Saturday, September 15, 2012

Finding Shortest Path in a Graph inside PostgreSQL Database

@cegme and I recently tackled this interesting problem of finding the shortest route between two nodes in a graph from inside a database.

We have a list of research papers and their citations which we call "links". The idea is to start from a given paper and follow its links recursively till reach the specified destination paper. This is a typical graph problem and can be solved using well known shortest-path finding algorithms. However our data was in the database consequently we wanted to solve the problem using SQL queries which was a challenge.

We solved this problem inside the database using WITH queries (Common Table Expressions) which was introduced in PostgreSQL version 8.4. The following extract explains WITH keyword.
WITH provides a way to write subqueries for use in a larger SELECT query. The subqueries, which are often referred to as Common Table Expressions or CTEs, can be thought of as defining temporary tables that exist just for this query. One use of this feature is to break down complicated queries into simpler parts.

This is how we went about solving the problem:

We have the following table (in a PostgresSQL database):
Reference(pid integer, citation integer);         // paper "pid" cites paper "citation"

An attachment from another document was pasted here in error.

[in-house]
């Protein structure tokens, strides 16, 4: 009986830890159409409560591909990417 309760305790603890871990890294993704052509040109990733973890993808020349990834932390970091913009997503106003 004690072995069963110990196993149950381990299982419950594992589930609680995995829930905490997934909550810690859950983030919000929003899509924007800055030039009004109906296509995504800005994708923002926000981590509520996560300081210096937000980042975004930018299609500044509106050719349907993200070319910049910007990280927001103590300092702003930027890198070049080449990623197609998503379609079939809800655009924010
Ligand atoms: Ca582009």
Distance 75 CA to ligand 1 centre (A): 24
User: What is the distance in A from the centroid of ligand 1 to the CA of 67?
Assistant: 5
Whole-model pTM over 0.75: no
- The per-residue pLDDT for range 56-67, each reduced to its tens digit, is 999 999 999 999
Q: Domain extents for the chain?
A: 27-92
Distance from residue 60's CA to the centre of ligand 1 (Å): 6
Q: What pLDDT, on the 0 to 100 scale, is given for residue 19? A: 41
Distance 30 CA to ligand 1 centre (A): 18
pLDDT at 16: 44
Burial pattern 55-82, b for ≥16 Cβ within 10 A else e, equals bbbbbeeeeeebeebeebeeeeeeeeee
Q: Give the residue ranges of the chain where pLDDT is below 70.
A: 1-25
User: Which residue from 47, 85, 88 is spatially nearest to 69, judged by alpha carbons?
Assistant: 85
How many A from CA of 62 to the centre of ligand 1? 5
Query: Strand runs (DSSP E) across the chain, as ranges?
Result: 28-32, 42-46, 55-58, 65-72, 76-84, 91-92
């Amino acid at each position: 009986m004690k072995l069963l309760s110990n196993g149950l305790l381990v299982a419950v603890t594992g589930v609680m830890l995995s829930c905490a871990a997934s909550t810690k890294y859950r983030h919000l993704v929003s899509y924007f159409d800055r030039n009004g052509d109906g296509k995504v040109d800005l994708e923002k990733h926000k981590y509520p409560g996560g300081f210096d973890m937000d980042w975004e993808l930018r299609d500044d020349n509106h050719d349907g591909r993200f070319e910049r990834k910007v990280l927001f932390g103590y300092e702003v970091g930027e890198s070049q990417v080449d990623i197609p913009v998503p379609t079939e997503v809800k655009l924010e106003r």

We created a User Defined Function (UDF) called:
search_path(start integer, destination integer)

Where start is the paper id of the starting paper and destination is the paper id of the last paper.

Detailed Explanation

Let me explain what happens in this UDF:

1. We declare a UDF :
CREATE OR REPLACE FUNCTION search_path(start integer, destination integer)

2. It returns a table.
RETURNS TABLE(depth integer, path integer[]) AS $$

3. We use the WITH RECURSIVE keyword available in Postgres and form a table containing the starting paper (id), the next paper in the path (link), the length of the path (depth), the list of traversed paper (route), and a boolean cycle variable to keep a note of whether we are forming a cycle or not.
WITH RECURSIVE search_paper(id, link, data, depth, route, cycle)

4. We start off with the starting paper id. This is the base case and gets executed only once.
SELECT, r.citation, 'data', 1,
FROM reference r WHERE

5. We recursively add the next link in the path, check if a cycle is formed or not, increase the depth. If a cycle is formed, we immediately exit the loop. This is controlled by the cycle variable. This piece of code gets executed multiple times until cycle != true.
SELECT, r.citation, 'data', sp.depth+1, route ||, = ANY(route)
FROM reference r, search_paper sp

6. Finally if we hit our destination paper id in the search, we exit the loop. We only select the depth and the route (as an array of integers) and display it. Note that we order the result with increasing depth since we may obtain more than one route.
SELECT sp.depth, (sp.route || AS route FROM search_paper AS sp
WHERE link = destination AND NOT cycle ORDER BY depth ASC;

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